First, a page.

We’ll be logging each minute on the court right here on the BasketBlog … Remember that you can hit your browsers’ refresh (or reload) button to get the latest entry. Check back after tip to follow along…
Inactives for tonight:
Lakers – DJ Mbenga, Sun Yue
Clippers – DeAndre Jordan, Steve Novak
Lakers Starters: Fish, Kobe, Vladi, Pau and Bynum
Clips: Baron Davis, Cuttino Mobley, Al Thornton, Marcus Camby and Chris Kaman
The Lakers have been vaunted for their second-best-in-the-league defense heading into Wednesday evening’s game, but one couldn’t tell in the first seven minutes of action against the Clippers.
Before the game, Phil Jackson talked about how Mike Dunleavy would draw something up to counter what the Lakers had done to blow the Clips out in last Wednesday’s 38-point drubbing, and apparently it worked. Behind 10 points from Baron Davis – including two triples – the Clips scored 21 points before a timeout near the five-minute mark … Of course, that didn’t mean the red shirts were playing any defense either, allowing the Lakers to score 18 points of their own, including two threes from Fisher and one from Radmanovic. Bryant was unusually aggressive in taking five shots, while on the other end Andrew Bynum grabbed every shot the Clippers didn’t hit (seven boards). Perhaps the point is that if your defense isn’t working, you’d better be scoring … and the Lakers certainly weren’t having trouble with that.
The highlight of the quarter came after a Bynum offensive rebound resulted in an emphatic flush that left Chris Kaman looking like he’d just been dumped by his 8th grade girlfriend in the middle of the lunch room. Pretty fierce. Highlight No. 2 also came courtesy of Bynum, when he swatted Tim Thomas’s shot near the rim with an angry extension of his right hand, preserving a 27-27 tie with 1:20 remaining. By the way, if you’re watching on TV or can catch some highlights after the game, keep an eye on how the Lakers pack the lane defensively. Sure, that may result in a few open perimeter jumpers, but opponents are barely getting anything near the rim unless it’s in transition. Alas, Thornton’s jumper after an ill-advised Jordan Farmar pass gave the Clips a two-point edge heading into the second quarter.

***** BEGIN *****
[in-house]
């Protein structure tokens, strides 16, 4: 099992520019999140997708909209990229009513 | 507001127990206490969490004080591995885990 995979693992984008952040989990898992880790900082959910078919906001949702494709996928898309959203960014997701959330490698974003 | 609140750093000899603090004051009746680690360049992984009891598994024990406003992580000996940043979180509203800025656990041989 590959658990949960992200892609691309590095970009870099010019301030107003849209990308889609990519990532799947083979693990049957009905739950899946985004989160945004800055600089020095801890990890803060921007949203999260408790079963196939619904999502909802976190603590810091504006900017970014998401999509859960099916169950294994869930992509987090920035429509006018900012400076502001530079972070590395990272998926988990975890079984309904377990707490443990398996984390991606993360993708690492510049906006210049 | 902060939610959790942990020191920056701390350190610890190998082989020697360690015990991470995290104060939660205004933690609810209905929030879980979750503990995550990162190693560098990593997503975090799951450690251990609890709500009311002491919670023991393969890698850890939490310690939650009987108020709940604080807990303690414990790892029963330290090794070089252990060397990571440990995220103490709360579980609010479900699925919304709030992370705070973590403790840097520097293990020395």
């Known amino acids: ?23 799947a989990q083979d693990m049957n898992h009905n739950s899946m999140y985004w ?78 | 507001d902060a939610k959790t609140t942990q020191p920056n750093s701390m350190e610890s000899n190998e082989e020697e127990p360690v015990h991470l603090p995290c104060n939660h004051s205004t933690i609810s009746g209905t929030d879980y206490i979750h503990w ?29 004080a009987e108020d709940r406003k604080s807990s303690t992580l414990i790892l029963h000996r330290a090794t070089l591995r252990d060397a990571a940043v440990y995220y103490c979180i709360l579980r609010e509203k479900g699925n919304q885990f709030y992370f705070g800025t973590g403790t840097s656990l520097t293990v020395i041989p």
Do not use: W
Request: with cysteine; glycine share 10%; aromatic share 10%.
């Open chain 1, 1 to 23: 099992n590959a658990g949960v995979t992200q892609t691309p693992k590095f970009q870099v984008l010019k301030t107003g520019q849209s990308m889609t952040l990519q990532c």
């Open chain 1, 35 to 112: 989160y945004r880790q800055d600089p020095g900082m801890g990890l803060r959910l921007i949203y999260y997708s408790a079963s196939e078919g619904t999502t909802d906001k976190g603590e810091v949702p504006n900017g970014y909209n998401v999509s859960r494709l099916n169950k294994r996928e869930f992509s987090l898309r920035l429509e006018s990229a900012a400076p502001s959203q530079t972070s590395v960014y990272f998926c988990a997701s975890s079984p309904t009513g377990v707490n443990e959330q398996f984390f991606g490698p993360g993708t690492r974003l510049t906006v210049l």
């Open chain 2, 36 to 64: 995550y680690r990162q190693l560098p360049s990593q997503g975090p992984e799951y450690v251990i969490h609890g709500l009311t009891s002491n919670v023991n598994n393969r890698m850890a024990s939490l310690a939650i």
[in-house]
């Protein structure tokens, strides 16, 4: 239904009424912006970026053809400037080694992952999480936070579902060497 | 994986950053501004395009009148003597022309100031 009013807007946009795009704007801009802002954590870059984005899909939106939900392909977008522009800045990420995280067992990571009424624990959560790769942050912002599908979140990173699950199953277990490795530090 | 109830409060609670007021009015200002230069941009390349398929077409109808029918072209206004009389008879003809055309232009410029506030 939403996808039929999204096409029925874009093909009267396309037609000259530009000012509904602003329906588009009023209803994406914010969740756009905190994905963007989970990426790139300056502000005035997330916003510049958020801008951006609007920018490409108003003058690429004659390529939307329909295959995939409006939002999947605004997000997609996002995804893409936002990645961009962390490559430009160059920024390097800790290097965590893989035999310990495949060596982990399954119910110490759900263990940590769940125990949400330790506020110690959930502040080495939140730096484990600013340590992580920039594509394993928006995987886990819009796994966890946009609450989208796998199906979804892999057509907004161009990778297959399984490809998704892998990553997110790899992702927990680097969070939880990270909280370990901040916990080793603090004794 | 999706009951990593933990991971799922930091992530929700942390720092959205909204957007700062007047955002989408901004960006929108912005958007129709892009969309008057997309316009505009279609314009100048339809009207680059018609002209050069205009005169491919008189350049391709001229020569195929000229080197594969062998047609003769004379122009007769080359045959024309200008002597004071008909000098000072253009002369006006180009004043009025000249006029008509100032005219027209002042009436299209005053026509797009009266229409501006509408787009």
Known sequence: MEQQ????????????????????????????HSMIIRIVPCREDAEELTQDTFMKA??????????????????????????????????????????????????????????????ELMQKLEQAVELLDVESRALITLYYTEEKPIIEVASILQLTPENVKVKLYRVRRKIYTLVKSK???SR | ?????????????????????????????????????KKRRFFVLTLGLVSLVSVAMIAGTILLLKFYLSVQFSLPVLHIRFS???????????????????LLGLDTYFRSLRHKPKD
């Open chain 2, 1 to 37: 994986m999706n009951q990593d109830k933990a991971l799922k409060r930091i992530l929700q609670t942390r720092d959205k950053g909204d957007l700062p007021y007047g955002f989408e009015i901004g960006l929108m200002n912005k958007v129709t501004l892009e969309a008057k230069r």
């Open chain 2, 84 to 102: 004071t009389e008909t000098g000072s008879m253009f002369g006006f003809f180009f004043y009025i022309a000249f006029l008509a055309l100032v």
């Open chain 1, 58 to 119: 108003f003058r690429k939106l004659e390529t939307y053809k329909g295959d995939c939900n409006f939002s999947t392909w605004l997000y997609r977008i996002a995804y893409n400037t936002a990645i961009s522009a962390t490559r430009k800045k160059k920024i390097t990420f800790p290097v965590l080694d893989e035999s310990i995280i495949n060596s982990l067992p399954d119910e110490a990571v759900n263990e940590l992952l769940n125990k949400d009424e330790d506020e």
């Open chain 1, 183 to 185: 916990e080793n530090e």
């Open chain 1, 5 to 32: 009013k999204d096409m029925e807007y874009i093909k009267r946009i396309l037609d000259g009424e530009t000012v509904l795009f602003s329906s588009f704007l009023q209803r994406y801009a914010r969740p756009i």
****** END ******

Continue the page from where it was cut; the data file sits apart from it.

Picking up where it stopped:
When the Lakers pounded the Clippers last week, it was the second unit of the yellow and gold* that ignited the 117-79 final. Will we see more of the same tonight?
Lamar Odom thought so as he dominated the opening stanza, his all-around ability inspiring a 6-0 run after Bynum grabbed his 10th board (he also had three first quarter blocks) after a Sasha Vujacic three rimmed out, which the big man stuck right back in to make it 36-30. Odom offered a beautiful pass in transition, a solid swat on defense, a driving hoop near the bucket and even some good perimeter defense. Yet it was the Lakers team defense – helped in part by BD’s place on the bench – that allowed for the run, as the Clippers scored just three points in the opening six minutes of the quarter. Yet L.A.’s offense stalled after its run as well, giving the home team just a 37-33 mark when Kobe and Pau checked back in at the 6:00 mark. In other news, STAPLES Center features a McDonalds in the concourse and some Chicken Selects with buffalo sauce would really hit the spot. I say this because Kobe used to eat McDonalds before every game early in his career. Seriously.
*Check that, Beto
Something off-the-ball that you should know if you’re not watching for yourself: Many of us are trained to watch the ball during a game just like the play-by-play announcer, and I’m often a big culprit. But you can learn more about what’s going on by paying attention to movement off the ball, which is what any NBA scout will tell you. Do this while Trevor Ariza’s in the game, and you’ll quickly notice that he’s fantastic cutting to the hoop particularly on the baseline, which has already produced two dunks and two free throws for the UCLA kid tonight. Of course, it doesn’t hurt to have Gasol pick you out with feeds that you’d have to eat even after two-hour stint at Fogo de Chao (with your card turned green).